-25 bonus points for using the term pug-ugly. I love pugs. They are not ugly, only misunderstood.

    Liked by 1 person

  10. We took the boat tour a couple of years ago and loved it. Great way to get a “narrated” tour of Chicago’s diverse architecture. I know this is a “doors” post, but what??? no photo of the Bean!!

    Liked by 1 person

  11. I admire the genius of architecture knowledge one must have for these high rises, I don’t like the hard feel and lines of the glass and steel. Also the absence of pleasant lines – 99% are straight lines, which may be modern, but it’s unimaginative to me (except for the gigantic art works). Since I don’t have to be near it, I’m okay with it. But …you saw several doors:):)

    Liked by 1 person

  12. No matter how many times I pass or am in the City of Buffalo, my eyes are always drawn not to the modern skyscraper (sighs with you) but with the older buildings. I would LOVE to go down there with camera but Buffalo is the 10th most dangerous city in the States. So hubby of course won’t let me go. I agree to be perfectly honest with you. As for your walk, glad to know you were able to find room for a beer to tolerate all that glass and steel and stuff. Ya know?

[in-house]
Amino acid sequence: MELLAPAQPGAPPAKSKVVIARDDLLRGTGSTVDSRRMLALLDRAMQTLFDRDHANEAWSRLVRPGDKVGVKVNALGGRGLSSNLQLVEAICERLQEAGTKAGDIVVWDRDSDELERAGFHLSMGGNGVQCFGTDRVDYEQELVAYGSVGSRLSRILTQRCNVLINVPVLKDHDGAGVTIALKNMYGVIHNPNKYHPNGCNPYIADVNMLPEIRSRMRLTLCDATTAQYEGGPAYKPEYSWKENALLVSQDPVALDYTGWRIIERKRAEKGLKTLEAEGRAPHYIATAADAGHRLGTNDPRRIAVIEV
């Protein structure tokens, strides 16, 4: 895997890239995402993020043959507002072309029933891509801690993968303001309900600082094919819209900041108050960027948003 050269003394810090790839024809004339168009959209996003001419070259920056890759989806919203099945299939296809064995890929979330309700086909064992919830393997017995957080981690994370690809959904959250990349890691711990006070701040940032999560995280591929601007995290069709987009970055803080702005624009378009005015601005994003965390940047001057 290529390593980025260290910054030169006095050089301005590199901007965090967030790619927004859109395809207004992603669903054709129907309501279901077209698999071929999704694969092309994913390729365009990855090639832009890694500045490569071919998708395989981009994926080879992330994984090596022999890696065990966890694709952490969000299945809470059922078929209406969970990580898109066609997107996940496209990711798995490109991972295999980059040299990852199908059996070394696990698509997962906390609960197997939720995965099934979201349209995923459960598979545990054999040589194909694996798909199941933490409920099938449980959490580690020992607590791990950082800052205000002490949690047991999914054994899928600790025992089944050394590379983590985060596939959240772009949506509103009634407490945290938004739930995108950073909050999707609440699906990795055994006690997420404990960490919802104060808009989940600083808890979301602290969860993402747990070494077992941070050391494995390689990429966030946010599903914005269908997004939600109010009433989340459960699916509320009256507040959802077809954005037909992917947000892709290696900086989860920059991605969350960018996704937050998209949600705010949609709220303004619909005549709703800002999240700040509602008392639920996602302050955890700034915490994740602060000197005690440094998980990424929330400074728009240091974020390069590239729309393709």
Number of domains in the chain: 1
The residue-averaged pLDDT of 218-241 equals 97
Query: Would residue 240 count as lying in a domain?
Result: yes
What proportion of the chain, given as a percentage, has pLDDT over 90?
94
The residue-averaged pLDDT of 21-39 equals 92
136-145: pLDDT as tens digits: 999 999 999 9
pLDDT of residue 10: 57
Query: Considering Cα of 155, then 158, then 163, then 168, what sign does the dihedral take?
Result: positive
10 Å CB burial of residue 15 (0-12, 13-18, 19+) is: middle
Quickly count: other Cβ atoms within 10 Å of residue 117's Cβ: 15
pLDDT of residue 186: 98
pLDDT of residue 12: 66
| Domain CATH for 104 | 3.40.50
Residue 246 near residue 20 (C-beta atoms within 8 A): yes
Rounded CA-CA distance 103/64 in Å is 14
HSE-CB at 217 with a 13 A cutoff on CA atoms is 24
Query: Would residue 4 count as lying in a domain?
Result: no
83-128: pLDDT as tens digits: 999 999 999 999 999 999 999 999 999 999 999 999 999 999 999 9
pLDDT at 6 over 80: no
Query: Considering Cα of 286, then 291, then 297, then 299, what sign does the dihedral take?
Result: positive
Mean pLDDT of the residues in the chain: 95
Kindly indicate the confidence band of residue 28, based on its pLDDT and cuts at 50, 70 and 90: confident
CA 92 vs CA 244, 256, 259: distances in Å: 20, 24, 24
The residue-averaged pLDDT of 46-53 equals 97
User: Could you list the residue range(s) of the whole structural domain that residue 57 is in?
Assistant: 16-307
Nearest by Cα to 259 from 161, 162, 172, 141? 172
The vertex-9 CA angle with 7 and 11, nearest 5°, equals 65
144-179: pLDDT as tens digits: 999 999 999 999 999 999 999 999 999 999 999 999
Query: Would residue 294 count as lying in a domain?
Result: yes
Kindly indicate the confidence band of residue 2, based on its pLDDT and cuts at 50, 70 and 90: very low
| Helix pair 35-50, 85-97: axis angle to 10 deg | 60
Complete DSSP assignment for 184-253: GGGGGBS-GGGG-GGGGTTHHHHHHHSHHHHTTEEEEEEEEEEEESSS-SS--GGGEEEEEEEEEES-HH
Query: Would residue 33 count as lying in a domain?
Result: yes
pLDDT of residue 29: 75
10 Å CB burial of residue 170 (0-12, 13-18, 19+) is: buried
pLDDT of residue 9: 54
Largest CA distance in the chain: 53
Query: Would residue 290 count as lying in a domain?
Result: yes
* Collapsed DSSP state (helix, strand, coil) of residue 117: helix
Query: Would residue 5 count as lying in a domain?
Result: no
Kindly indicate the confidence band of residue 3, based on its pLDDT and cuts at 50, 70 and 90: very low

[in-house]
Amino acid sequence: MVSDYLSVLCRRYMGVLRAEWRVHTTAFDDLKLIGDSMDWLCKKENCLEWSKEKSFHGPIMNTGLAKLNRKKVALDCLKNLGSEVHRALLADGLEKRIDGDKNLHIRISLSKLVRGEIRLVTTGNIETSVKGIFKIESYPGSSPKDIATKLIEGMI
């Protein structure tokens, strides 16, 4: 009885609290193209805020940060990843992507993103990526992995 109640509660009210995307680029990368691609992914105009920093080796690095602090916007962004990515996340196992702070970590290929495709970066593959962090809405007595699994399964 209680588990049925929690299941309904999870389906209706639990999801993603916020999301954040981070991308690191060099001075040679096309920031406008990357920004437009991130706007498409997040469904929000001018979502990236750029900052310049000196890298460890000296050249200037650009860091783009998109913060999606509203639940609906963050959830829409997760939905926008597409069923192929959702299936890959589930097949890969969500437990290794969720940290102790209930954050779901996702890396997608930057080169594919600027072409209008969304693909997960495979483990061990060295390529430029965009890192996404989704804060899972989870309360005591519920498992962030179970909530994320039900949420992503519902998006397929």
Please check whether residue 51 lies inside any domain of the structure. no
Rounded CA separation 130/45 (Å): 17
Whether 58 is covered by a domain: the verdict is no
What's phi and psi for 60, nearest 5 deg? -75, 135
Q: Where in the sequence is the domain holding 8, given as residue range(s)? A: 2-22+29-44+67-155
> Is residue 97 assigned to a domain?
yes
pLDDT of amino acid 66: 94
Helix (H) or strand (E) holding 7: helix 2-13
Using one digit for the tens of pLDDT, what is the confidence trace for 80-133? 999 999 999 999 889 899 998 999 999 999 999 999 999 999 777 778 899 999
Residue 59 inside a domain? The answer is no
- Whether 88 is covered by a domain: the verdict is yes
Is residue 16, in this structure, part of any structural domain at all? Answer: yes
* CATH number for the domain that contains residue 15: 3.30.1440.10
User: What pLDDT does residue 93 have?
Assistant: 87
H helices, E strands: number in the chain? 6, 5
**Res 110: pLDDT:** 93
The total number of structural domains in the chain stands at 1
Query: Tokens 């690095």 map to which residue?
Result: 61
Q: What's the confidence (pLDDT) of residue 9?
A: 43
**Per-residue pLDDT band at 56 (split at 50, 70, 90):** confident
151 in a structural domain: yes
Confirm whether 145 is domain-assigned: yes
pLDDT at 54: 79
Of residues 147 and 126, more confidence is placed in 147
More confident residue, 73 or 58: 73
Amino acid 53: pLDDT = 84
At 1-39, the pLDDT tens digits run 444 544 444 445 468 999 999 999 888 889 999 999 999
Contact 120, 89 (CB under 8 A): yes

Liked by 1 person

    • Thanks Amy. I’m surprised to learn that about Buffalo. Modern buildings amaze me in many ways, but I like it better when they at least try to make them visually interesting. So often, they just toss up a rectangle and cal it a day.

      Our day went according to plan, and I had a great time. I owe it all to my gracious host.

      Liked by 1 person

      • Yes. That little tidbit about Buffalo made world news. Once upon a time I actually lived on the West Side and it was safe to walk anywhere. Not true any more. And yes on some of the modern buildings … Have a great day today, Dan!! ☺️

        Liked by 1 person

  13. Everybody’s favorite kind of door is definitely my favorite door here today! Great shot, nice lights. I do love all the sculpture in Chicago, and think it’s one of the better cities for it, but as you know, I’m iffy at best about modern architecture. Even when it’s appealing, I still feel this sorta ehhh…

    Liked by 1 person